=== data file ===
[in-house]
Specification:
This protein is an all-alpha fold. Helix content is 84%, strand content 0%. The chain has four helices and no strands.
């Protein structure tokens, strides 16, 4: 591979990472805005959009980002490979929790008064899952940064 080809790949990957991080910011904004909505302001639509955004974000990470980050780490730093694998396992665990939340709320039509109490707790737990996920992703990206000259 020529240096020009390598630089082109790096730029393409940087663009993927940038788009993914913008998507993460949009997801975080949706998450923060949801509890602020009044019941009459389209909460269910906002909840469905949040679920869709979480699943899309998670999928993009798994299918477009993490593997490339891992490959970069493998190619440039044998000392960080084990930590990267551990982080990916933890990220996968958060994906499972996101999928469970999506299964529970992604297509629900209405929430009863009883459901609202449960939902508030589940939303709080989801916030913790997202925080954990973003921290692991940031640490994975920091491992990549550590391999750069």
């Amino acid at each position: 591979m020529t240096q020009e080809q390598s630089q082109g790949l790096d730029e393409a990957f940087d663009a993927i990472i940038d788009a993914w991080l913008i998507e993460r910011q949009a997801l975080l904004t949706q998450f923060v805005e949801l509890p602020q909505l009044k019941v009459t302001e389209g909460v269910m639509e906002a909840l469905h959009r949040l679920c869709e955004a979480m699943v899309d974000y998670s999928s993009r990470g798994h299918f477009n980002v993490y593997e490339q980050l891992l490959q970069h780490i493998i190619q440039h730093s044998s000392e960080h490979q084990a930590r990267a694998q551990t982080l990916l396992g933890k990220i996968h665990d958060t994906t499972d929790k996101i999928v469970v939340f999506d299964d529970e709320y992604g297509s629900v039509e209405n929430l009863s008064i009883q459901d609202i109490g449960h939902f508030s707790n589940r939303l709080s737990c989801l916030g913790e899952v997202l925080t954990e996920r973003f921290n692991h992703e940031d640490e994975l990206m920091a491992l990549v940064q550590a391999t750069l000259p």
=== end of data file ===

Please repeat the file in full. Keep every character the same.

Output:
[in-house]
Specification:
This protein is an all-alpha fold. Helix content is 84%, strand content 0%. The chain has four helices and no strands.
């Protein structure tokens, strides 16, 4: 591979990472805005959009980002490979929790008064899952940064 080809790949990957991080910011904004909505302001639509955004974000990470980050780490730093694998396992665990939340709320039509109490707790737990996920992703990206000259 020529240096020009390598630089082109790096730029393409940087663009993927940038788009993914913008998507993460949009997801975080949706998450923060949801509890602020009044019941009459389209909460269910906002909840469905949040679920869709979480699943899309998670999928993009798994299918477009993490593997490339891992490959970069493998190619440039044998000392960080084990930590990267551990982080990916933890990220996968958060994906499972996101999928469970999506299964529970992604297509629900209405929430009863009883459901609202449960939902508030589940939303709080989801916030913790997202925080954990973003921290692991940031640490994975920091491992990549550590391999750069």
């Amino acid at each position: 591979m020529t240096q020009e080809q390598s630089q082109g790949l790096d730029e393409a990957f940087d663009a993927i990472i940038d788009a993914w991080l913008i998507e993460r910011q949009a997801l975080l904004t949706q998450f923060v805005e949801l509890p602020q909505l009044k019941v009459t302001e389209g909460v269910m639509e906002a909840l469905h959009r949040l679920c869709e955004a979480m699943v899309d974000y998670s999928s993009r990470g798994h299918f477009n980002v993490y593997e490339q980050l891992l490959q970069h780490i493998i190619q440039h730093s044998s000392e960080h490979q084990a930590r990267a694998q551990t982080l990916l396992g933890k990220i996968h665990d958060t994906t499972d929790k996101i999928v469970v939340f999506d299964d529970e709320y992604g297509s629900v039509e209405n929430l009863s008064i009883q459901d609202i109490g449960h939902f508030s707790n589940r939303l709080s737990c989801l916030g913790e899952v997202l925080t954990e996920r973003f921290n692991h992703e940031d640490e994975l990206m920091a491992l990549v940064q550590a391999t750069l000259p």